How to Spell Mystery in 3 Letters

Not everything in the Gulick files is explainable. Take the three handwritten letters from Poland that arrived at the Bronxville, N.Y., home of Luther and Helen Gulick in March and April, 1948.


What’s so mysterious about that? you may ask.

Well, for one thing they all turned out to have come from the same person and said much the same thing.

And none of the three letters had ever been opened — although the last had a small section torn from the corner, as if the recipient had started to open it and stopped. That letter, too, remained unread, as it could not have been extracted through that opening.

Silently begging the Gulicks’s pardon (neither being around to ask), project archivist Aleksandr Gelfand set about carefully slitting open the envelopes and removing the contents.




The letters, penned in careful Polish script, were postmarked March 23, 1948 (two of them on the same day!) and April 26, 1948. They were signed by one Zofia Zalewska  in Serwatki, a village in northeastern Poland.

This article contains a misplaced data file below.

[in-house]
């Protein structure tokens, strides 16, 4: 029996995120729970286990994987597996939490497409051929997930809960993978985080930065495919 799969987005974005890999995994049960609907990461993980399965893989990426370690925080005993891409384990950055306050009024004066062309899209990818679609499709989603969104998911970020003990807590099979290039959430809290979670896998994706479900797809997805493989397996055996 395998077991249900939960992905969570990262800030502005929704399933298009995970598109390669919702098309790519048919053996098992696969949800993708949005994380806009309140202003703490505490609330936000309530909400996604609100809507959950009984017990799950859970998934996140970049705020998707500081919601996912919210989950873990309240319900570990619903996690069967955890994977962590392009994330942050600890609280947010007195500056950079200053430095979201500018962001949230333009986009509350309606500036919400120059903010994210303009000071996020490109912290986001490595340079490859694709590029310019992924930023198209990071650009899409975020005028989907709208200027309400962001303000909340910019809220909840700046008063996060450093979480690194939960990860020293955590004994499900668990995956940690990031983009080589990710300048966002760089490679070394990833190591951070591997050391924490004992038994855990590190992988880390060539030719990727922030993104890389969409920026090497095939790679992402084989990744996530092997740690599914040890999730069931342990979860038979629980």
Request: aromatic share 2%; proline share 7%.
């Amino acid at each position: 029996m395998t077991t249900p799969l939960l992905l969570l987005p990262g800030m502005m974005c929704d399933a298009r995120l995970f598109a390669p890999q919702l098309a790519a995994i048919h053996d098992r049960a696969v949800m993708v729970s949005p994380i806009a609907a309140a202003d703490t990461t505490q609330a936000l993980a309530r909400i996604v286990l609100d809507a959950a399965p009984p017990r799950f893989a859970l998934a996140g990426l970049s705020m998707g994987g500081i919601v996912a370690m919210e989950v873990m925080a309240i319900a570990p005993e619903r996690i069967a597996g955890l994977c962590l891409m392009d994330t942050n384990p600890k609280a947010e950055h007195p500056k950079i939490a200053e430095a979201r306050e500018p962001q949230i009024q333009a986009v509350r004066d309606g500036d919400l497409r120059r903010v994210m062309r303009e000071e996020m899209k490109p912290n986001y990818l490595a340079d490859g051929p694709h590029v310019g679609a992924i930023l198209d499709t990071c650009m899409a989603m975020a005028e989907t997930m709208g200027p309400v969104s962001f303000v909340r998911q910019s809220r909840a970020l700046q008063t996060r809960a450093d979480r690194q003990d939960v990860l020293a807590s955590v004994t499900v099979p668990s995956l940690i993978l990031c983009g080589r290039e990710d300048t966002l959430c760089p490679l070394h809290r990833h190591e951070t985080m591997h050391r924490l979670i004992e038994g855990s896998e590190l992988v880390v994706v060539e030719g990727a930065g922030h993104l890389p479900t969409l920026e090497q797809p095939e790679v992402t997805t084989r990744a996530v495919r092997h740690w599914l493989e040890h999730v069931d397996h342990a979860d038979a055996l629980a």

The first two, addressed to Mrs. Gulick and all but identical began : “Dear Madam, I have received from madam packages  for my betterment  for which I am very grateful to madam for that aid helped to nurture my sick son, and I ask madam to provide more aid.”

The letter went on to plead “for help to clothe my family which has been reduced to difficulties because of the war.”

The letter to Luther a month later expanded on their suffering during the war and provided details: “There are 10 persons in the family, a husband and eight children from 18 to 6 years of age.”

So the Gulicks seemed to have helped a struggling Polish family after the war.

But who were the Zalewskas? How did they find the Gulicks? And why did Zofia’s letters remain unopened?

In Hamlet’s dying words, “The rest is silence.”